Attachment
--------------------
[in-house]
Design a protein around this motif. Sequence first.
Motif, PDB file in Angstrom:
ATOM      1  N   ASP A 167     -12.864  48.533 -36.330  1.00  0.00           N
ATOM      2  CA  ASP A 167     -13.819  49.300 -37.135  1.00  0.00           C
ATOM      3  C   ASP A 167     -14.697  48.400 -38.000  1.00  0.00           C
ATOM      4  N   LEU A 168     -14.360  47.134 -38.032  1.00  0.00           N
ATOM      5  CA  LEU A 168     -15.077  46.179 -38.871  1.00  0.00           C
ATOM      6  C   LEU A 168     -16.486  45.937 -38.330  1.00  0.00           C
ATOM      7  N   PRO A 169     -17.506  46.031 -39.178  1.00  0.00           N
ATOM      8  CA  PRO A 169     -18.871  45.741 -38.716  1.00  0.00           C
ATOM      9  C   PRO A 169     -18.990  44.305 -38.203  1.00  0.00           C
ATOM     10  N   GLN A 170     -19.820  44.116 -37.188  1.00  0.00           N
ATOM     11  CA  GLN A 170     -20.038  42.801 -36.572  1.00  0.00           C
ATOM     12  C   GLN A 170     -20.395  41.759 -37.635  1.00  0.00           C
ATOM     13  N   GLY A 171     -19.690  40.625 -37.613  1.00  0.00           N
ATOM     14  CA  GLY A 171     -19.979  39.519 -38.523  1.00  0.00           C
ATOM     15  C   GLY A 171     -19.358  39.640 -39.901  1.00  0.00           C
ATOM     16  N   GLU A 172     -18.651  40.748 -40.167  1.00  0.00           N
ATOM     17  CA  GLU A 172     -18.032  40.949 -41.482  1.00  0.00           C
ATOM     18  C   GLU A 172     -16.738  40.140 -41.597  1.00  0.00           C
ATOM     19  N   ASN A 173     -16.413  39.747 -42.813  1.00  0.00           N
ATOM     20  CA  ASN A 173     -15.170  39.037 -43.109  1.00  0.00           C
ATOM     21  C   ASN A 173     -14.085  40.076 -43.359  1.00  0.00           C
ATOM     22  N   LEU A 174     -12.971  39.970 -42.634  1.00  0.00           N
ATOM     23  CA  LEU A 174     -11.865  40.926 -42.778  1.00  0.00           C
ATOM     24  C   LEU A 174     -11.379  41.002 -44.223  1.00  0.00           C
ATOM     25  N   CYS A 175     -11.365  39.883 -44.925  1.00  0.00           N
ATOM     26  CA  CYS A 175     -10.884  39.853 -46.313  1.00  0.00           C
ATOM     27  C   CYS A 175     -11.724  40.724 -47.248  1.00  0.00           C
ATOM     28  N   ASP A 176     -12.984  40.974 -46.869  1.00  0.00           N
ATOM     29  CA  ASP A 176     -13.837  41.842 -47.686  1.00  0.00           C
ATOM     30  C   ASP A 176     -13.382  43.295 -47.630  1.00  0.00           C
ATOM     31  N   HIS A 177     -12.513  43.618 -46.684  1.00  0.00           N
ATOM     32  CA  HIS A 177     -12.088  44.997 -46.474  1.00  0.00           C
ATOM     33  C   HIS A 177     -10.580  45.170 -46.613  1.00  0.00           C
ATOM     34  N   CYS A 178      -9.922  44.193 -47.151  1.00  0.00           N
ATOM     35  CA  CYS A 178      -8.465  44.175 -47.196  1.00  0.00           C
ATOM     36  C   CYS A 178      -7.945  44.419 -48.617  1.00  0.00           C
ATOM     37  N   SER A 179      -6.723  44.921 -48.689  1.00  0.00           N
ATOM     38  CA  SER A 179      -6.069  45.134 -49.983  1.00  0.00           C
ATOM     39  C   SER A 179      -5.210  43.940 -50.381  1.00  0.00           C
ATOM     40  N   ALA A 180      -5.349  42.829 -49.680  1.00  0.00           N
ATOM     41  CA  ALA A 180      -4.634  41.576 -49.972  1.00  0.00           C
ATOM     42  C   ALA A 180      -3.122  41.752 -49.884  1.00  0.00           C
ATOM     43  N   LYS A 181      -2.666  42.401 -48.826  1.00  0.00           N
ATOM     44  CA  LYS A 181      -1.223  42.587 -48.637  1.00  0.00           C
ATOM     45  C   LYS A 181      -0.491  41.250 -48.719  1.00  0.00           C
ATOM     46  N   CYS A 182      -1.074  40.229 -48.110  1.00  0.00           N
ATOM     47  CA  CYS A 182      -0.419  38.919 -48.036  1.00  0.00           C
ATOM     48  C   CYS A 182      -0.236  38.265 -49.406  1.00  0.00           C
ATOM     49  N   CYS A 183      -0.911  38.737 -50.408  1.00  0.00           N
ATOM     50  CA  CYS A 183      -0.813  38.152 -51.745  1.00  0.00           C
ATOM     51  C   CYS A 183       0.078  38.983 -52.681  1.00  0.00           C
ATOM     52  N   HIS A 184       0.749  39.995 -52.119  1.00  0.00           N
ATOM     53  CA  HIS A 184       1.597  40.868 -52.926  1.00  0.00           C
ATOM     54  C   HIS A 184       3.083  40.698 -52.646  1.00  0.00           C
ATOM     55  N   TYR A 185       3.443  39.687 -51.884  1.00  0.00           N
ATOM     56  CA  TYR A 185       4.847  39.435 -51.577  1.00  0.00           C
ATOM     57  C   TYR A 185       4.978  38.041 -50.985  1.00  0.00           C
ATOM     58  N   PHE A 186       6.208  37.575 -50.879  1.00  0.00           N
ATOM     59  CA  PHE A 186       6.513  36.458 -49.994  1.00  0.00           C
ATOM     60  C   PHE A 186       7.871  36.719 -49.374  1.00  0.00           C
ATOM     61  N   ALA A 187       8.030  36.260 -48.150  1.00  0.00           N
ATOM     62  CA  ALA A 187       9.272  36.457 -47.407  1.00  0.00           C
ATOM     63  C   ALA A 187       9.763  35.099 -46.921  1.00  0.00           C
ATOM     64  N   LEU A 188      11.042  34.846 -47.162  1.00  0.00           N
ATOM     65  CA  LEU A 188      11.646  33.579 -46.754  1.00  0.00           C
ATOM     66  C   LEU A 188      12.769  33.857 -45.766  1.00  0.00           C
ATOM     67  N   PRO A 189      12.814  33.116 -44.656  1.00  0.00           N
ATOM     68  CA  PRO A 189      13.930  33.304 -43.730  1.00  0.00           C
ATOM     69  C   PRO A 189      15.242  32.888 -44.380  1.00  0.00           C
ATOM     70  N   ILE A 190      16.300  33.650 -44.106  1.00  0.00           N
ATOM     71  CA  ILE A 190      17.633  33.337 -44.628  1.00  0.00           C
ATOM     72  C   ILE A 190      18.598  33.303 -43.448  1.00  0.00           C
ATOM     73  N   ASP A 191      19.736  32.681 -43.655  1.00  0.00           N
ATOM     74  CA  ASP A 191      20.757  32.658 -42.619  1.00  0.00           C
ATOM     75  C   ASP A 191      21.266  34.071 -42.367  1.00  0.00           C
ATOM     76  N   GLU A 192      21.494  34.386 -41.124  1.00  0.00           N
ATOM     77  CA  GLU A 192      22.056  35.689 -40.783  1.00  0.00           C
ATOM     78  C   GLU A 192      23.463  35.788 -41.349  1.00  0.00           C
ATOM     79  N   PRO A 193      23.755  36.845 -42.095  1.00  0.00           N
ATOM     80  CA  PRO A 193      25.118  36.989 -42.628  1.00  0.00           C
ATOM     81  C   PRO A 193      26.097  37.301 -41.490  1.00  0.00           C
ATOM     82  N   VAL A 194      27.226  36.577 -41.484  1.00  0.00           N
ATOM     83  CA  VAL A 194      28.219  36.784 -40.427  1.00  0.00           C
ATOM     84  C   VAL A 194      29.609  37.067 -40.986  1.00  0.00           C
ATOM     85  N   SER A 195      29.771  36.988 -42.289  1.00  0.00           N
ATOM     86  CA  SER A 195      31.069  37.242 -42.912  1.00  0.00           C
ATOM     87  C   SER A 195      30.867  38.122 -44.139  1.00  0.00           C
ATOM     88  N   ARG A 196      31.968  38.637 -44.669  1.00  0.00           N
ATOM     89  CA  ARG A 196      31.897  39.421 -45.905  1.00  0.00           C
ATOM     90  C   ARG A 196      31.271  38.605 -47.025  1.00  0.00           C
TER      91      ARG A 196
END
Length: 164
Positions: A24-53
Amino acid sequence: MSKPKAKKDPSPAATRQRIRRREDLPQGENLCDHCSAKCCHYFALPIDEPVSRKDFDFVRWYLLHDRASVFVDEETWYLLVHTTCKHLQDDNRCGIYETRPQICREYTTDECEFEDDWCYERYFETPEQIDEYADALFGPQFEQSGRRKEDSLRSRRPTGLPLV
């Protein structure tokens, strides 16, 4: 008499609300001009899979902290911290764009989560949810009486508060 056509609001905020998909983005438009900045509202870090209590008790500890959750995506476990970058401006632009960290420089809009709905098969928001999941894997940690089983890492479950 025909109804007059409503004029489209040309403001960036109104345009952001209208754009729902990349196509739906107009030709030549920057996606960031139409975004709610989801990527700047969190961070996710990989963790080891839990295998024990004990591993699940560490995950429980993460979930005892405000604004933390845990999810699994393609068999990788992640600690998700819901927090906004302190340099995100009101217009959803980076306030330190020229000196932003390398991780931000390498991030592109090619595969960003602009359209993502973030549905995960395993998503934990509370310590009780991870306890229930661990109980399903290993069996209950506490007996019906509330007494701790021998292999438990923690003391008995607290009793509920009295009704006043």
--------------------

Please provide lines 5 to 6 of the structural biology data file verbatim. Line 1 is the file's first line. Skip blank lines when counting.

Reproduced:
ATOM      2  CA  ASP A 167     -13.819  49.300 -37.135  1.00  0.00           C
ATOM      3  C   ASP A 167     -14.697  48.400 -38.000  1.00  0.00           C